Quote History Originally Posted By chenault:

I think that I have number 1 can someone please check.

step 1) cosx/1+sinx (sin x is the same as 1+sin x so I multiply times the recipical 1-sin x)

step 2) cosx (1-sinx)/(1+sinx)(1-sinx) which breaks down into cosx(1-sinx)/(1-sinx^2)

step 3) because 1-sinx^2 is the same as 1+cos^2 I have 1+cos^2 which foiled out is (1+cos)(1+cos) so now my problem looks like thus cosx(1-sinx)/(1+cosx)(1+cosx)

step 4) the cosx on the numerator and denominator cancel out and I am left with (1-sinx)/(1+cosx) which is the same as (1/cosx) - (sinx/cosx) which equals (secx)-(tanx)

correct?

View Quote

No.

Your math has a series of errors. (1 + cos X)^2 does not = 1 + cos^2 x, but rather = 1 + 2 (cos x) + cos^2 x. Also, there is no cos x in the denominator to cancel out.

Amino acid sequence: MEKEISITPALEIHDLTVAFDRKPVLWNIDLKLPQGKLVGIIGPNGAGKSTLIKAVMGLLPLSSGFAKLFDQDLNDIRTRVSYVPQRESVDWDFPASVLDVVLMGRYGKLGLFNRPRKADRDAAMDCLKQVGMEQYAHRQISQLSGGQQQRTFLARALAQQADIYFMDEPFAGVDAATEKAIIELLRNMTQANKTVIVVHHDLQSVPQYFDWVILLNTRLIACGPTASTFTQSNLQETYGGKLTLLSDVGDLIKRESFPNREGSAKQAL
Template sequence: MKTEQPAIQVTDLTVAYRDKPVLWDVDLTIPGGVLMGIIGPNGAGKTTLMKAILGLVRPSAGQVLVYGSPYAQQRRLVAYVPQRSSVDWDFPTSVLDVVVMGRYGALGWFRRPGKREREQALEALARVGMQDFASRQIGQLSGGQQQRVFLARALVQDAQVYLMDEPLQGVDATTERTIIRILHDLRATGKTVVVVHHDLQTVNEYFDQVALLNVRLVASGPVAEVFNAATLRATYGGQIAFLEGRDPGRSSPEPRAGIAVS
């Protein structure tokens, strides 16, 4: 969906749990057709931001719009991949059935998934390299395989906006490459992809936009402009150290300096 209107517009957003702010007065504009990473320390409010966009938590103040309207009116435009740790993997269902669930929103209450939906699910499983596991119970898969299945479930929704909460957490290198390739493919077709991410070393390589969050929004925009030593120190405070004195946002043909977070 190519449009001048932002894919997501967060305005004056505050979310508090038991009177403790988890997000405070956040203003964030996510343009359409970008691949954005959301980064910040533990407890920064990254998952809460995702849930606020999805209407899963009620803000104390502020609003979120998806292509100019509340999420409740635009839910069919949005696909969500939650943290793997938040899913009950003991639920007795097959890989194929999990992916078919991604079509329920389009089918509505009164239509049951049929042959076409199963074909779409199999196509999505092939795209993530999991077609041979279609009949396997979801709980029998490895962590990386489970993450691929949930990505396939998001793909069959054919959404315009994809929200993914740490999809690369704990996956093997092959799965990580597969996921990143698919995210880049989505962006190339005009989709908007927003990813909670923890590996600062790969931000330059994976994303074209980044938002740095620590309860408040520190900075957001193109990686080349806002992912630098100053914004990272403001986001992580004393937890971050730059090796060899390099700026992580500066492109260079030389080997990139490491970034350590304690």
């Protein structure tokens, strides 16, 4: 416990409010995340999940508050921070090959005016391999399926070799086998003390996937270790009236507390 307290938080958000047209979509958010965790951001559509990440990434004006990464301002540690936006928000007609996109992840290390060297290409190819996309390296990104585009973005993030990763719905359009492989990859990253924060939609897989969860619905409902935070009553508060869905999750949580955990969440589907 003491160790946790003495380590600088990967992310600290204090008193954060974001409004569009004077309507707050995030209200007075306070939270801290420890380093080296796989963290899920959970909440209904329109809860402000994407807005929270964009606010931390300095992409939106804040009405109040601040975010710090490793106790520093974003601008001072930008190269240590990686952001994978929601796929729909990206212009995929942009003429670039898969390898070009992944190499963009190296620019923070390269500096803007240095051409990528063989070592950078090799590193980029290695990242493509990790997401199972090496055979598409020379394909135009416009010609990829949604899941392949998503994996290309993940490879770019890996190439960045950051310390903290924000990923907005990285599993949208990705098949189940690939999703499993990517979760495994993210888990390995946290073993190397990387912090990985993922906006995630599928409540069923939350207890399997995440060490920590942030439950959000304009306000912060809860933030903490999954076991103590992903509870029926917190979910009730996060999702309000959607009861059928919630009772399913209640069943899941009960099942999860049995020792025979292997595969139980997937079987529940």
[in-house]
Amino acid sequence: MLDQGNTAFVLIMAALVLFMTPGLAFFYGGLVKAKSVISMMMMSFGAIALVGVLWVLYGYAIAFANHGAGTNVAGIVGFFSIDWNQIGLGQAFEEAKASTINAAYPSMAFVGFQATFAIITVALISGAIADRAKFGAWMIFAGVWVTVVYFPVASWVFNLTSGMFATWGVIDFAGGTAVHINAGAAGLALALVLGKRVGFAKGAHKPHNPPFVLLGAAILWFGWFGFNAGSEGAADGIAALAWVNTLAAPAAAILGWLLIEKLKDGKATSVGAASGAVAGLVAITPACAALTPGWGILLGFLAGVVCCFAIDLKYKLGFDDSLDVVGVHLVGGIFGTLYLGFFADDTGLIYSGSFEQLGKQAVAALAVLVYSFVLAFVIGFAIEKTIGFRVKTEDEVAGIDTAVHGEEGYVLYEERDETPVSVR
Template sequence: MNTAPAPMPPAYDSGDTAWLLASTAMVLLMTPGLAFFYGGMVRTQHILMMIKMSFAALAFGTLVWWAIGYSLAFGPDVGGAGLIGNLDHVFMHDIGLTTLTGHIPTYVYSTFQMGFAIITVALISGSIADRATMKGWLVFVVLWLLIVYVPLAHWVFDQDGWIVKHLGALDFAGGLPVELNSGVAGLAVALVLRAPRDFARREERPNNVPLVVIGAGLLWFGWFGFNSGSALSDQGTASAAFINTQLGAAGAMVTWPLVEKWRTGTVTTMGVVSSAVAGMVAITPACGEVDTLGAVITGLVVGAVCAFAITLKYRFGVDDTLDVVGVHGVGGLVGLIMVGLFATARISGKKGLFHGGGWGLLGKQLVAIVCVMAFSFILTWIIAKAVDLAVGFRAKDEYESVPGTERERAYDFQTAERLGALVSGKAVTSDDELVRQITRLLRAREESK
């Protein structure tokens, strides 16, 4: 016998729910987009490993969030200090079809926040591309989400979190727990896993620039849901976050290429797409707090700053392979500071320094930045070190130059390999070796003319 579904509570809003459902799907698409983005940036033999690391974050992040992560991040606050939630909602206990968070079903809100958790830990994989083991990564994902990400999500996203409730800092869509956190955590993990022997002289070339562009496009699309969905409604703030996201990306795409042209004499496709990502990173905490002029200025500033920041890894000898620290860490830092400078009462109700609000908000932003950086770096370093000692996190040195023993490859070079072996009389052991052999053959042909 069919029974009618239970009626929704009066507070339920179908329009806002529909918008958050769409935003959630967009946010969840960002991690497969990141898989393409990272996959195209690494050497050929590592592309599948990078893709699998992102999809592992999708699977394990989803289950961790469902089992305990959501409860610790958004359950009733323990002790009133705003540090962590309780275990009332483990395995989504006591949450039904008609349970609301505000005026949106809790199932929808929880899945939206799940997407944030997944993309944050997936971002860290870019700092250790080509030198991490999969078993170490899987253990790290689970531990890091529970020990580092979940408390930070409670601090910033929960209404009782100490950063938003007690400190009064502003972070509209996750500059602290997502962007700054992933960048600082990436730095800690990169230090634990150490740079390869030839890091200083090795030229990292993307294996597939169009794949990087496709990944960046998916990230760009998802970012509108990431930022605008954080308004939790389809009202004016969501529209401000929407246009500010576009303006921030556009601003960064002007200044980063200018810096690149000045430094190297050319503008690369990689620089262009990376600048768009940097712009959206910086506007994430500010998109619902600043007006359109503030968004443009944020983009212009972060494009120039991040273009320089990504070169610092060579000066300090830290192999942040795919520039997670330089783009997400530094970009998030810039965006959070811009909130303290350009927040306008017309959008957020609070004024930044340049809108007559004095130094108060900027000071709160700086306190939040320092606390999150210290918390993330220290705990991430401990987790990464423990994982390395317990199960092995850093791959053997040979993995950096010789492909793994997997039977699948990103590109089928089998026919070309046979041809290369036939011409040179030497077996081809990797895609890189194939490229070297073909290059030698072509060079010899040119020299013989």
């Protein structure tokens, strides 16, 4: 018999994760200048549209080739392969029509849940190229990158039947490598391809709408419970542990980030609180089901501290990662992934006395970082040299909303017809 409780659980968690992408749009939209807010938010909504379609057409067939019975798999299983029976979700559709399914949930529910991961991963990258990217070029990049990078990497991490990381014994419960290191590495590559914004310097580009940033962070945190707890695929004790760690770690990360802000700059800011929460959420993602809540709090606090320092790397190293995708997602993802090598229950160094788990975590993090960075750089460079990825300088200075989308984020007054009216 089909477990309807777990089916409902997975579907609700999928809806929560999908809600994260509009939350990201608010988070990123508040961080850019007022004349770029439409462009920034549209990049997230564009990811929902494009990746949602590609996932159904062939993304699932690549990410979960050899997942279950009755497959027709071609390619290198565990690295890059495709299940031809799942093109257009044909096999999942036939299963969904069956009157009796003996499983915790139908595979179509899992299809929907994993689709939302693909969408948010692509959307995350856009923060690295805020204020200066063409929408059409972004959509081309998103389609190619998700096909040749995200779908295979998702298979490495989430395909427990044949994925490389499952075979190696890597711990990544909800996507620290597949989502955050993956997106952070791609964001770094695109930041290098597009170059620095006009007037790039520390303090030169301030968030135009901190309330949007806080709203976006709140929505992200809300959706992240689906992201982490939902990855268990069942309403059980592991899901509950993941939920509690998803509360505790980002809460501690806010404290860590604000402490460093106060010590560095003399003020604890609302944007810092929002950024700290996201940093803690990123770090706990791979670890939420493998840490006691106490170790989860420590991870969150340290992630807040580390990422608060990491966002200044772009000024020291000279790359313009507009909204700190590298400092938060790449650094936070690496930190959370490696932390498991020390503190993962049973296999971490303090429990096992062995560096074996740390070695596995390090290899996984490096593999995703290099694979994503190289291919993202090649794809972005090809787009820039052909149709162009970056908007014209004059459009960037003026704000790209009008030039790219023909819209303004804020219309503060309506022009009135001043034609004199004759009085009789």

Solution:

Starting with the initial equation:

cosx/(1+sinx) = secx-tanx

rewrite everything in terms of cos and sin:

cos x / (1 + sin x) = (1 /cos x) - (sin x / cos x)

simplifying the right side becomes (1 - sin x)/ cos x

so:

cos x / (1 + sin x) = (1 - sin x) / cos x

multiply both sides by (cos x) (1 + sin x) to get the same denominators, and simplifying

gives us

cos x * cos x = (1 + sin x) (1 - sin x)

cos^2 x = 1 - sin^2 x

and then adding sin^2x to both sides

cos^2 x + sin^2 x = 1

since this is true, we prove the original equality.